A tonic wine may be made from birch sap, while birch bark was used in Ireland to treat eczema.
The Old English birce is an element of several place names, such as Birkenhead and Birchanger in Essex.

[An Archaeologist’s Guide to British Species] #37: Bindweed, Black

January 6, 2022
Black bindweed growing on bare earth
Black bindweed (Fallopia convulvulus). Image by Aung – public domain

Bindweed, Black

Fallopia convolvulus (L.) A. Love 1970

Also known as bear-bind, bind-corn, climbing buckwheat, wild buckwheat, corn-bind, devil’s tether and ivy bindweed

Black bindweed is a common segetal (a weed found amongst crop plants) which flourishes in fields and gardens in lowlands. Unlike other plants known as bindweed, to which it is not closely related, it twines in a clockwise direction. It has shining black berries, which are poisonous to humans and livestock, although the seeds they contain are edible. Black bindweed seeds are present in Neolithic contexts at Cwmifor, Carmarthenshire, where it may have been gathered as a foodstuff, and at Medieval sites in Dublin. Black bindweed was a constituent of the barley gruel that was the last meal of the Iron Age Danish individual preserved in a peat bog and now known as Tollund Man.

Fallopia convolvulus on the Digital Plant Atlas

[An Archaeologist’s Guide to British Species] #36: Bindweed

January 3, 2022

In 2022, I am continuing to blog an A-Z compendium of human interactions with species in the British landscape. A list of references for information used in this series can be found here.

A field bindweed flower
Field bindweed (Convulvulus arvensis). Photo by Galia ^ – CC BY-SA 3.0

Bindweed

Convolvulaceae

Two species of bindweed, field bindweed (Convolvulus arvensis) and the hedge bindweed (Calystegia sepium) are very persistent weeds of arable fields and gardens. They are distinguished by arrow-shaped leaves, and twine anti-clockwise around the stems of other plants. Hedge bindweed was also known as hedge bells, on account of the large bell-shaped flowers. The roots of hedge bindweed are strongly purgative.  A related species, sea bindweed (Calystegia soldanella), which has also been known as sea-bells and sea withwind, is found scrabbling across dunes. This has been used to prevent scurvy and as a purgative.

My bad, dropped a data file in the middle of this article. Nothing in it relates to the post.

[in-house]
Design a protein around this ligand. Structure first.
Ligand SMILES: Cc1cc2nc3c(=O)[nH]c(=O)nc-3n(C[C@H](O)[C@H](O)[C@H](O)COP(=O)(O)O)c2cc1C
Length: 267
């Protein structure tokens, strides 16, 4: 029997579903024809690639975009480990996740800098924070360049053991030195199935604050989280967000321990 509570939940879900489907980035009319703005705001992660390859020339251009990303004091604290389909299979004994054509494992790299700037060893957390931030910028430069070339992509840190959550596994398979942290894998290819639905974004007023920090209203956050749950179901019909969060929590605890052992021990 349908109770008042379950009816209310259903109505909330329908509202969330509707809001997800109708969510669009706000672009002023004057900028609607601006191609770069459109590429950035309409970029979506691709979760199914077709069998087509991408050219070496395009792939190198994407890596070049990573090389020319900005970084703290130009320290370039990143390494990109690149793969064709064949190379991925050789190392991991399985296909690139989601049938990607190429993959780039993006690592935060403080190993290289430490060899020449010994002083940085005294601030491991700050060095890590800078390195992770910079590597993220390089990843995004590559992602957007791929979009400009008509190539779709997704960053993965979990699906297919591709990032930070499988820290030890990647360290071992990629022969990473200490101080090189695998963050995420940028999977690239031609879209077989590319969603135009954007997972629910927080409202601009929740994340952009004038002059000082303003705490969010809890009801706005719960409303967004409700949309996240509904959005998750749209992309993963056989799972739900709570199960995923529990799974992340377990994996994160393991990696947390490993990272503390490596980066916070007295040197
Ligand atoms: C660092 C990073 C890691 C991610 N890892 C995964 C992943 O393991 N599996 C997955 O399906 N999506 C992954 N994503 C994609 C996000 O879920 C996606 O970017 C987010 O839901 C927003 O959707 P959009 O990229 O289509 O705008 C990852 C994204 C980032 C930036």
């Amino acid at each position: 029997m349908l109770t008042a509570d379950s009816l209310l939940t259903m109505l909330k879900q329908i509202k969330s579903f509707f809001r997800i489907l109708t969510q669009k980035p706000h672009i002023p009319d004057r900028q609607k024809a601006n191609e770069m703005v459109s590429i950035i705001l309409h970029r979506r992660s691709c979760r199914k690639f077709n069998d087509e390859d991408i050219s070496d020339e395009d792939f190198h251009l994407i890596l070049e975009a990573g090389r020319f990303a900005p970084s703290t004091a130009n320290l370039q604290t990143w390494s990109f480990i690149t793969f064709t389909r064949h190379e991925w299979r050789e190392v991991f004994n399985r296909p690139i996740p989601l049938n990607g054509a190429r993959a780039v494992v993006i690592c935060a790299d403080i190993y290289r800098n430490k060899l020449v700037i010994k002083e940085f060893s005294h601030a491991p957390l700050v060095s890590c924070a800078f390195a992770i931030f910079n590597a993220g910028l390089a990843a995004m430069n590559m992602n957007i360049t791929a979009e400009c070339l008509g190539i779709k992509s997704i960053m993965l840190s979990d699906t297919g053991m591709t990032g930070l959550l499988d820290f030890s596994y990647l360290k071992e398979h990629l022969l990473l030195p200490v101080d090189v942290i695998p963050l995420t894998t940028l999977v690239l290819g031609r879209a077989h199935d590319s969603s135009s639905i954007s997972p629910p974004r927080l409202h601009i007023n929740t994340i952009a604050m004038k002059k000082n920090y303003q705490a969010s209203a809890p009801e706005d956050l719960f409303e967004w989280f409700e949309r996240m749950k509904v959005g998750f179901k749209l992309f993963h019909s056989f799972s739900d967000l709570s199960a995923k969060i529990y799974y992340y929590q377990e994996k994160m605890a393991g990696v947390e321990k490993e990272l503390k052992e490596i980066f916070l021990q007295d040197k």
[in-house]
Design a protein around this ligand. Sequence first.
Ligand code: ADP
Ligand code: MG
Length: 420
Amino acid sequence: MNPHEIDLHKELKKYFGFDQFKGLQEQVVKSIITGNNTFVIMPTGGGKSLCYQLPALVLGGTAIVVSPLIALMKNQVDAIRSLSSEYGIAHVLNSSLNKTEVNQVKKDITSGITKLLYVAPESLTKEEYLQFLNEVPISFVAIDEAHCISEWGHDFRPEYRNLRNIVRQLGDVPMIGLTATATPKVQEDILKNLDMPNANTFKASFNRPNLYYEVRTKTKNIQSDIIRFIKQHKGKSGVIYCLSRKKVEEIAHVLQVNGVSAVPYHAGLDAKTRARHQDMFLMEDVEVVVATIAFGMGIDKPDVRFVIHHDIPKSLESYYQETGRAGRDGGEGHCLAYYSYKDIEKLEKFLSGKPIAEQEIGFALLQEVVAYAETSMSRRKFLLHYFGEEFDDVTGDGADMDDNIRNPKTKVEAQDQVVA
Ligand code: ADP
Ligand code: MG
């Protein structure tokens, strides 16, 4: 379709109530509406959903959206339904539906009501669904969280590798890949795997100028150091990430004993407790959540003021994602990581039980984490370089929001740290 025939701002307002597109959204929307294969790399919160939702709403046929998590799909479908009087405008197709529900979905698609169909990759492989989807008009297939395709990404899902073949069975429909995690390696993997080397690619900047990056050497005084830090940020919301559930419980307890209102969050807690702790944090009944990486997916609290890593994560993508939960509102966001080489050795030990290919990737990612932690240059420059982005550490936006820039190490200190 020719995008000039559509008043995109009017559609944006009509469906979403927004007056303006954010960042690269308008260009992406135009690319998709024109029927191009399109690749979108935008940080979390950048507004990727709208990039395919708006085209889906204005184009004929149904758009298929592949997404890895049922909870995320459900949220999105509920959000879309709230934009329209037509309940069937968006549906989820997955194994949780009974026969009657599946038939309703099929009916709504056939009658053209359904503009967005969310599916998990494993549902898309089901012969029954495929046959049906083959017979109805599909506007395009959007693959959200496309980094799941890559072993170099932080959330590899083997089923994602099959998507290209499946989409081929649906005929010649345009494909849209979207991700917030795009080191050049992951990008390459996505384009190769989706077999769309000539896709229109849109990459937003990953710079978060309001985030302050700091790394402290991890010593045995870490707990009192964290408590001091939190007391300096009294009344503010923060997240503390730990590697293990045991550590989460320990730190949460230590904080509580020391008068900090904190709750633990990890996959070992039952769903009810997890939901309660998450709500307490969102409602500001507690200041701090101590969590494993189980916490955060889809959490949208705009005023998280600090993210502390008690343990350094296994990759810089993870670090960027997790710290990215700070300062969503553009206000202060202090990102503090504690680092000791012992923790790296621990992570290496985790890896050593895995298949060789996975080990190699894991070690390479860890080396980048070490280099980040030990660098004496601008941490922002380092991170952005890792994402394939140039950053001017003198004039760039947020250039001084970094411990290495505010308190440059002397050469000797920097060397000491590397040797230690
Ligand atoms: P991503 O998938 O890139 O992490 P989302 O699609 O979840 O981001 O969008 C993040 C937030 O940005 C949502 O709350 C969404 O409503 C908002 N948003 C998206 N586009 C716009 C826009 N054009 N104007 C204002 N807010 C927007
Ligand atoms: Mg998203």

Convolvulus arvensis on the Digital Seed Atlas

[An Archaeologist’s Guide to British Species] #35: Bilberry

December 31, 2021

In 2021, I am blogging an A-Z compendium of human interactions with species in the British landscape. A list of references for information used in this series can be found here.

Some bilberries (small blue berries) on a bush.
Bilberries in Finland – Image by Anneli Salo (CC BY-SA 3.0)

Bilberry

Vaccinium myrtillus L.

Also known as whortleberry, wimberry, wineberry, bloomberry, blaeberry, whorts, black-worts, and European blueberry

A low shrub growing 20-50cm high found on moorlands and mountains amongst heather. It has green-pink bell shaped flowers which appear from April, and round blue-black berries that appear from July. The berries can be used to make jam and fermented liquor.Richard Mabey writes that in Yorkshire, they have been made into pies called ‘mucky-mouth pies’ which featured in funeral teas. Bilberry seeds are known from medieval Shrewsbury Abbey, and Abbey Walk in Selby, as well as  Roman contexts at Ribchester (although in this context they might have arrived in heathland material used as bedding).

The bark contains quercetin, the primary component of quercitron, a yellow dye, while the berries are a source of blue dye (described in the sixteenth century as Plo Tornisal).

[An Archaeologist’s Guide to British Species] #34: Bib

December 27, 2021
tags: ,

In 2021, I am blogging an A-Z compendium of human interactions with species in the British landscape. A list of references for information used in this series can be found here.

A bib
Bib. Image by  Georges Jansoone (CC BY-SA 3.0)

Bib

Trisopterus luscus (Linnaeus, 1758)

Also known as pouting, pout whiting or pout.